Mother and Child Reunion Of Thetis And Achilles
The Iliad can provide new insights on the role of motherhood among the ancient Greek gods, and by extension, amongst ancient mortal Greek women themselves. Very much like the lyrics of the famous Paul Simon song, Mother and Child Reunion (1972), Achilles calling out for his mother Thetis was only “ a motion away” in The Iliad. Yet, the backdrop to that “ strange and mournful day,” begins with the goddess Thetis’ marriage to her mortal husband Peleus, and her devotion to her demi-god son Achilles.
Nereid half reclining on the back of a seahorse, fresco from Pompeii (CC0)
Thetis the Runaway Bride
In Greek mythology, Thetis has multi persona. She is often portrayed as a sea nymph or water goddess, as well as one of the Nereids or a daughter of the sea god Nereus. Although she played a role as a sea goddess in the religious beliefs of Ancient Greece, it was her wedding to the human Greek hero Peleus, and the birth of their son Achilles that she is mostly associated with. In The Iliad, Homer alludes to her role as an enabler of the Olympian Zeus when three other Olympians, Athena, Hera, and Poseidon plotted to overthrow him. Later in The Iliad Achilles refers to Thetis saving Zeus by calling up the monster of a hundred arms, Briareus: “ You alone of all the gods saved Zeus the Darkener of the Skies from an inglorious fate, when some of the other Olympians – Hera, Poseidon, and Pallas Athene – had plotted to throw him into chains ... You, goddess, went and saved him from that indignity. You quickly summoned to high Olympus the monster of the hundred arms whom the gods call Briareus, but mankind Aegaeon, a giant more powerful even than his father. He squatted by the Son of Cronos with such a show of force that the blessed gods slunk off in terror, leaving Zeus free.” (Homer, Iliad 1.396–400)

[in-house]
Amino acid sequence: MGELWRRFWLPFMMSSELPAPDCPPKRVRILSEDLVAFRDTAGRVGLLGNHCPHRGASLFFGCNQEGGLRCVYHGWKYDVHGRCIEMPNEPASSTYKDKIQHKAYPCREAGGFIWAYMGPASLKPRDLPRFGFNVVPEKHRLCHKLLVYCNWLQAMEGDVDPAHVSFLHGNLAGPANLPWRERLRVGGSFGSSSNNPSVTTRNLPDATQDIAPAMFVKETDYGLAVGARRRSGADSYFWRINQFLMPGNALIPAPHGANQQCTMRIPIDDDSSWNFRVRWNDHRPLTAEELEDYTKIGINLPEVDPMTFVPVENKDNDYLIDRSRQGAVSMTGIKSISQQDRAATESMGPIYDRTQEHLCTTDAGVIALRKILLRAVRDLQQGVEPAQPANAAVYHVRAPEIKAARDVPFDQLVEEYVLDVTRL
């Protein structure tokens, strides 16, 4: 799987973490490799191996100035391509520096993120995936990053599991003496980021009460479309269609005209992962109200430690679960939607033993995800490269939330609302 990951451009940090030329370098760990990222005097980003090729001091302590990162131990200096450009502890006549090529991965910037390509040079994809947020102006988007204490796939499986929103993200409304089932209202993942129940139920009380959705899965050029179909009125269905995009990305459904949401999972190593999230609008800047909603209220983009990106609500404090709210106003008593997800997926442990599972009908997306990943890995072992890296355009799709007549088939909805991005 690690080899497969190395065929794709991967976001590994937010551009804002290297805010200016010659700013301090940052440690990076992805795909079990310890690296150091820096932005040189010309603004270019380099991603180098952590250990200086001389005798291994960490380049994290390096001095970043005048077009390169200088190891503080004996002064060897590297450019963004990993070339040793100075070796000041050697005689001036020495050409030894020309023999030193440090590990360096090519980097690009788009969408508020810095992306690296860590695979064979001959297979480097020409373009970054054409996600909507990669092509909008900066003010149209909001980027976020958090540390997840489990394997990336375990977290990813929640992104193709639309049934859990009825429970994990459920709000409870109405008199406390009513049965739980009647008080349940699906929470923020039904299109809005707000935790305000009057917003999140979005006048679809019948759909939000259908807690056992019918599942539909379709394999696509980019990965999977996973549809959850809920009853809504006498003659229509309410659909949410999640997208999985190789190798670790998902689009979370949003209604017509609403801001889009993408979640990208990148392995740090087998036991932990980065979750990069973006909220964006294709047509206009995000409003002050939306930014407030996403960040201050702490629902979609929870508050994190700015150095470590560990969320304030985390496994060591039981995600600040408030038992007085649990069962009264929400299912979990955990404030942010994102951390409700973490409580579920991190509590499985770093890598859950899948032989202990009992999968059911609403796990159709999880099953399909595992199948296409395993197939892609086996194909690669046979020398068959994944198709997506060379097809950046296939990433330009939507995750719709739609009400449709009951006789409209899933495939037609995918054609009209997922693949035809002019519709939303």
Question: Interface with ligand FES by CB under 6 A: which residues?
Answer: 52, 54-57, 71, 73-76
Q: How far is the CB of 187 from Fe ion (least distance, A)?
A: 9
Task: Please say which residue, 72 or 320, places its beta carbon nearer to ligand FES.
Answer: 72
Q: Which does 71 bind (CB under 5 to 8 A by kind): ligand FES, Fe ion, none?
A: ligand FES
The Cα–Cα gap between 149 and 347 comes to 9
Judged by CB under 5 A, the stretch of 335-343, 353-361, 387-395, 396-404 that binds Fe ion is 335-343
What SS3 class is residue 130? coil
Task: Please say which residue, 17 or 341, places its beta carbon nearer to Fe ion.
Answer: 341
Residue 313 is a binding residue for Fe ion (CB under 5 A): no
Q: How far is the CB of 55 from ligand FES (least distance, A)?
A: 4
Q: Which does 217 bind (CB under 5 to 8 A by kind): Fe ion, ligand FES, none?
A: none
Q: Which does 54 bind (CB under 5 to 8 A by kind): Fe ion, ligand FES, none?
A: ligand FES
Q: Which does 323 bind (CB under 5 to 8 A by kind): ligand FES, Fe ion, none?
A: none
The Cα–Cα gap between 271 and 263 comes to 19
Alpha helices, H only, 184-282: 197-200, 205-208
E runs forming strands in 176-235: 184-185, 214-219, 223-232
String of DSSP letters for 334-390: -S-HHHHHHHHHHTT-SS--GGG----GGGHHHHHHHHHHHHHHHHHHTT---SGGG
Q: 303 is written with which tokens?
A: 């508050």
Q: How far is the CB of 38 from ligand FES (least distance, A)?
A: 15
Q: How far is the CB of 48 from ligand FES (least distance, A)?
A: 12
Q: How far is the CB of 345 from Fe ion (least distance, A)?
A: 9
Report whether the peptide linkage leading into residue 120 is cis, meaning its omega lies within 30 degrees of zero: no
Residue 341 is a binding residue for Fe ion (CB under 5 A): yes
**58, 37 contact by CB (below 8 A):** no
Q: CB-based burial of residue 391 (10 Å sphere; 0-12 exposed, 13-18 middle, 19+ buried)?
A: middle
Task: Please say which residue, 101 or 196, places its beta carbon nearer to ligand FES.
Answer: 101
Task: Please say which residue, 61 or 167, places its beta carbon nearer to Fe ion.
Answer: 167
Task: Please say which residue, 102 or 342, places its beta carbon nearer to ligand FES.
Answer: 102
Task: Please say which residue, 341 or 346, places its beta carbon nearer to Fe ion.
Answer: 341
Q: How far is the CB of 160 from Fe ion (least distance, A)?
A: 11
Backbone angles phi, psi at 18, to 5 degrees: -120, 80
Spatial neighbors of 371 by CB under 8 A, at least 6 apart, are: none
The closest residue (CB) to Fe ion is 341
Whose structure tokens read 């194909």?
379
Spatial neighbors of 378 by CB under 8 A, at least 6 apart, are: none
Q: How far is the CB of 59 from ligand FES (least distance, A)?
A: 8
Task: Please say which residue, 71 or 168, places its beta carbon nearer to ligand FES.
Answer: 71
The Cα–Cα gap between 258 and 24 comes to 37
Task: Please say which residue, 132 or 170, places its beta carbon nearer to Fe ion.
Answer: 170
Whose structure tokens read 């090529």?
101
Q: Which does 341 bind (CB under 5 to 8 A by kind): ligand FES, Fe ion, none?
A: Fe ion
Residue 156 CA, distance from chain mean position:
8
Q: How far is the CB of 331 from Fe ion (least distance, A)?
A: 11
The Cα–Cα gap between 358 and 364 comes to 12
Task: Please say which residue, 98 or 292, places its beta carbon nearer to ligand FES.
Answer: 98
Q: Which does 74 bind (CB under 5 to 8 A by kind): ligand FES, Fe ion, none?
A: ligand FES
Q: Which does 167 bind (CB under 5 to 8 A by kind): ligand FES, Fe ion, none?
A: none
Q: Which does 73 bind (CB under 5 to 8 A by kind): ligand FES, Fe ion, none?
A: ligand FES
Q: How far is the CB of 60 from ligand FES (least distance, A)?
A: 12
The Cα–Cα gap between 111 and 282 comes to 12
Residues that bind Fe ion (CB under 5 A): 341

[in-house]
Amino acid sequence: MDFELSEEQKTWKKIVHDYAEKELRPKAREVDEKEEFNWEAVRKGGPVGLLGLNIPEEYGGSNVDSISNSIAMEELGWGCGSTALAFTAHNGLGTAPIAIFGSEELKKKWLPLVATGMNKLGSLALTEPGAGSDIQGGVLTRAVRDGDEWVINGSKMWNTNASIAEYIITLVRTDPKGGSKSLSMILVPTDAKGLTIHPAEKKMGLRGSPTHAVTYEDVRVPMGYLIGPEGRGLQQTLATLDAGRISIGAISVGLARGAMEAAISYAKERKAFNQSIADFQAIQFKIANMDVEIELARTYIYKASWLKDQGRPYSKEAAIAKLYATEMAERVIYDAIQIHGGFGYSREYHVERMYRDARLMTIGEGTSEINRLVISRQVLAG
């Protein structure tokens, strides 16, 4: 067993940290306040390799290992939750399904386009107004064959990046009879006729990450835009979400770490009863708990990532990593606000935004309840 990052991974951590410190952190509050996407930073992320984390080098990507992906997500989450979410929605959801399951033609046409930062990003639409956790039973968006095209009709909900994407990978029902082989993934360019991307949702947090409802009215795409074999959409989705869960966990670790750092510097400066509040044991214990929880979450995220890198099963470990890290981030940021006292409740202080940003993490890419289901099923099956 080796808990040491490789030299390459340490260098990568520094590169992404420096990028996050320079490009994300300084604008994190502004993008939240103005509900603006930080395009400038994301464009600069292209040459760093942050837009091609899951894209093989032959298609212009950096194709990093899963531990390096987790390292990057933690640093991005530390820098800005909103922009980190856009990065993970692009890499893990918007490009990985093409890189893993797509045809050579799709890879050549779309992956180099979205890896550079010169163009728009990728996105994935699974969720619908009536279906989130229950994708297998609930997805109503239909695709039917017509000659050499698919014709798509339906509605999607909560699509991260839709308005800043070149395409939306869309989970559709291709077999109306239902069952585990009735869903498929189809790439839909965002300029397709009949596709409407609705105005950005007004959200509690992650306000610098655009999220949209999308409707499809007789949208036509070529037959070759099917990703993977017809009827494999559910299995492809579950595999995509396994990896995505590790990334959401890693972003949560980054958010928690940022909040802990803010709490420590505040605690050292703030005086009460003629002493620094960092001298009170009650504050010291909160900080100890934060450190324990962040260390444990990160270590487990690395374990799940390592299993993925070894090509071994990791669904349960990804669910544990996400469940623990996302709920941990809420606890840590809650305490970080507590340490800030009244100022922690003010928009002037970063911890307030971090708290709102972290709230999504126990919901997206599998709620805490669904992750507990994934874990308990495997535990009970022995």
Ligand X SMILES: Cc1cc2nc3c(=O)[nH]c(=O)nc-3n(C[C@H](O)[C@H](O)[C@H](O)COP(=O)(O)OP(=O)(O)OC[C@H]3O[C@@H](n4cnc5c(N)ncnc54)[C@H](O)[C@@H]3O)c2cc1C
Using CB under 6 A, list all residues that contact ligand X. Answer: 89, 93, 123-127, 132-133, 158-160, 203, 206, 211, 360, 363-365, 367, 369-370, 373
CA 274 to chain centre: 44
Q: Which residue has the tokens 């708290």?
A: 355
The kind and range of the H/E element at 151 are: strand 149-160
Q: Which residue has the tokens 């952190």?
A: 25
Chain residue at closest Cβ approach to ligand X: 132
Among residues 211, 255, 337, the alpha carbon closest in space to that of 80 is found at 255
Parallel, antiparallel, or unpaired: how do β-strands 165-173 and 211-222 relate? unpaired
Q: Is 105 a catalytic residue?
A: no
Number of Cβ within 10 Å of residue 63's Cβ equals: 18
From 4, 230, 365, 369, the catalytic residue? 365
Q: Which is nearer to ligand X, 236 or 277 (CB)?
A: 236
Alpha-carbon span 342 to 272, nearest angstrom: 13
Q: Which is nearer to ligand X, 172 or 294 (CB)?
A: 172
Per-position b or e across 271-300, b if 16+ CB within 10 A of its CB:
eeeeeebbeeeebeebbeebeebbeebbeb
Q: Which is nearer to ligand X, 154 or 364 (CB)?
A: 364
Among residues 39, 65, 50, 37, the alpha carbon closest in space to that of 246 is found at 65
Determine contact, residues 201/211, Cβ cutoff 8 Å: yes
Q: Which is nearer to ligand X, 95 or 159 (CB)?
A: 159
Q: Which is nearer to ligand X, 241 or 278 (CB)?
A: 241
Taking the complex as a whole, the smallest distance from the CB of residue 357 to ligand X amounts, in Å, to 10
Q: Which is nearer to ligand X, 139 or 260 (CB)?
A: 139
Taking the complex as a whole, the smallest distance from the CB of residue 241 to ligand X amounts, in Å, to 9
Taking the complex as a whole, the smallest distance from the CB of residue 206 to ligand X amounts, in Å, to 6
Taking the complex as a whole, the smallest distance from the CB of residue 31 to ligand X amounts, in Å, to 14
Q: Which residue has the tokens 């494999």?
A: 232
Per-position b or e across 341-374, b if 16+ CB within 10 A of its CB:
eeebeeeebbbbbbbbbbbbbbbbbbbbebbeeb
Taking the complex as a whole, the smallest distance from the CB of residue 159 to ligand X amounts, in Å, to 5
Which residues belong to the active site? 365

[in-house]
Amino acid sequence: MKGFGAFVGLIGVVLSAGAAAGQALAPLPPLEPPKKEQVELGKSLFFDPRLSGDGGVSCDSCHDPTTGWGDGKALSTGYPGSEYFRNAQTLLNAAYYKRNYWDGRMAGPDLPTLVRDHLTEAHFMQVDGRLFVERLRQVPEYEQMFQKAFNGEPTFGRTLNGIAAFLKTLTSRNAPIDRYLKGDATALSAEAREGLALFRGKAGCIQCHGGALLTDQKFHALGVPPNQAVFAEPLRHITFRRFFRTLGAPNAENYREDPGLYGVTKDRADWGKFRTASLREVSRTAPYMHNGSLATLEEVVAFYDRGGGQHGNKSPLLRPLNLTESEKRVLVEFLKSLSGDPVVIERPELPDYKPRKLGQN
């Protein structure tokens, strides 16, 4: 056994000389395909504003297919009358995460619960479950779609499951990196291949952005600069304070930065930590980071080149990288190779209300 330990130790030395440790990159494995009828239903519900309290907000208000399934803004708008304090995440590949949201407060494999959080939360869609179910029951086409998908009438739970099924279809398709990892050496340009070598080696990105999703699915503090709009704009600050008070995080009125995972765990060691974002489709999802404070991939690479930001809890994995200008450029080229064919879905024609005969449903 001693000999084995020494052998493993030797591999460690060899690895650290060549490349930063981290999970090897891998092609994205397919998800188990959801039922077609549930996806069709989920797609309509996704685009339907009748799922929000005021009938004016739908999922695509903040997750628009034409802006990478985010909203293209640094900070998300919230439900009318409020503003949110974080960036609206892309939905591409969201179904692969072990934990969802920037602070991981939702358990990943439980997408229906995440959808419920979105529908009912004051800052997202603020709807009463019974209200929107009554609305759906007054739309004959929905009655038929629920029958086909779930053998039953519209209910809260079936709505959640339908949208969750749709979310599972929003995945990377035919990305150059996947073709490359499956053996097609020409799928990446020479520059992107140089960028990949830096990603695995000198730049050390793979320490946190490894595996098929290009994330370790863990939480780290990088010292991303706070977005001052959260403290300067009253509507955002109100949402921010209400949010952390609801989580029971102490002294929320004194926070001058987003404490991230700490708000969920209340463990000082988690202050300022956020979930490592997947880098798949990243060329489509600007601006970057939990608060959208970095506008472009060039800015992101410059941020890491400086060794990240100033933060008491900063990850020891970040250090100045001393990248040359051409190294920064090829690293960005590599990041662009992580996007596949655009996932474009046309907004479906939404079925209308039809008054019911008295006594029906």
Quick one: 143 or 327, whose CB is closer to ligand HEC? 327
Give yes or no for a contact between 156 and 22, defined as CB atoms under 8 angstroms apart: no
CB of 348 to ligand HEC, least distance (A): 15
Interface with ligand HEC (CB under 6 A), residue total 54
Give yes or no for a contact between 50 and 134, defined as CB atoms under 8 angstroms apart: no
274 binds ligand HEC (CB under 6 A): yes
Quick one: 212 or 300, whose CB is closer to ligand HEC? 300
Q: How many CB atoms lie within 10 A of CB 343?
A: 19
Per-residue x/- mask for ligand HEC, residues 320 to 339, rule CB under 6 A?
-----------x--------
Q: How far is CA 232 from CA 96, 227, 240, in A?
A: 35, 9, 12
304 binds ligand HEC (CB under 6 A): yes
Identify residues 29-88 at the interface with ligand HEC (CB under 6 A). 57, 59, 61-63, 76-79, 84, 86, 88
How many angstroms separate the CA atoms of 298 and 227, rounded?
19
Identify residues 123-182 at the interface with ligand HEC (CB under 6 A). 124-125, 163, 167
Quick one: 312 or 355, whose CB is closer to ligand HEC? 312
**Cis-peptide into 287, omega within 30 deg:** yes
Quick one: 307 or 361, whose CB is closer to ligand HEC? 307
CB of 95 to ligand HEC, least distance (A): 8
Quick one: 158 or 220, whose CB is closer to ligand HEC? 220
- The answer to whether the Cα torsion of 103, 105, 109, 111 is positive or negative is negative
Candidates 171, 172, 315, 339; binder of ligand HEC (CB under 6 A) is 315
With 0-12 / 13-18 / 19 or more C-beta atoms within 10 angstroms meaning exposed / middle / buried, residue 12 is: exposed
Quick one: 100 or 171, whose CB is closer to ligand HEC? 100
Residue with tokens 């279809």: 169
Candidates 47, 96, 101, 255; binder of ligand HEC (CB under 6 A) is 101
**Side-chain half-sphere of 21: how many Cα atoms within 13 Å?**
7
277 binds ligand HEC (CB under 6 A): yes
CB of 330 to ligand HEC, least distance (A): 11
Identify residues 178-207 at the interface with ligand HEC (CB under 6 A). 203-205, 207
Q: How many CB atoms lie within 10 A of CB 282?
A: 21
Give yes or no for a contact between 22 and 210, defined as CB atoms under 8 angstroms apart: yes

Both Zeus and Poseidon expressed their love and interest in marrying Thetis. However, both were aware of the prophecy stating that Thetis’ future son would be more powerful than his father, something both gods preferred to avoid. Zeus himself was a son who had led a successful rebellion against his father. So, they arranged for Thetis to marry a mortal, Peleus, already a great Greek tragic hero.
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Dr. Kenneth C. Gutwein is a Professor Emeritus of History and Philosophy at SUNY College at Old Westbury and has earned degrees from the Hebrew University of Jerusalem in Archaeology and New York University in Near Eastern Languages and Literature. He is the author of Third Palestine: A Regional Study in Byzantine Urbanization
Top Image: Mosaic of Thetis dipping baby Achilles in the Styx – Haleplibache Excavation, Amazon Villa, Sanliurfa Mosaic Museum (Image: Courtesy Micki Pistorius)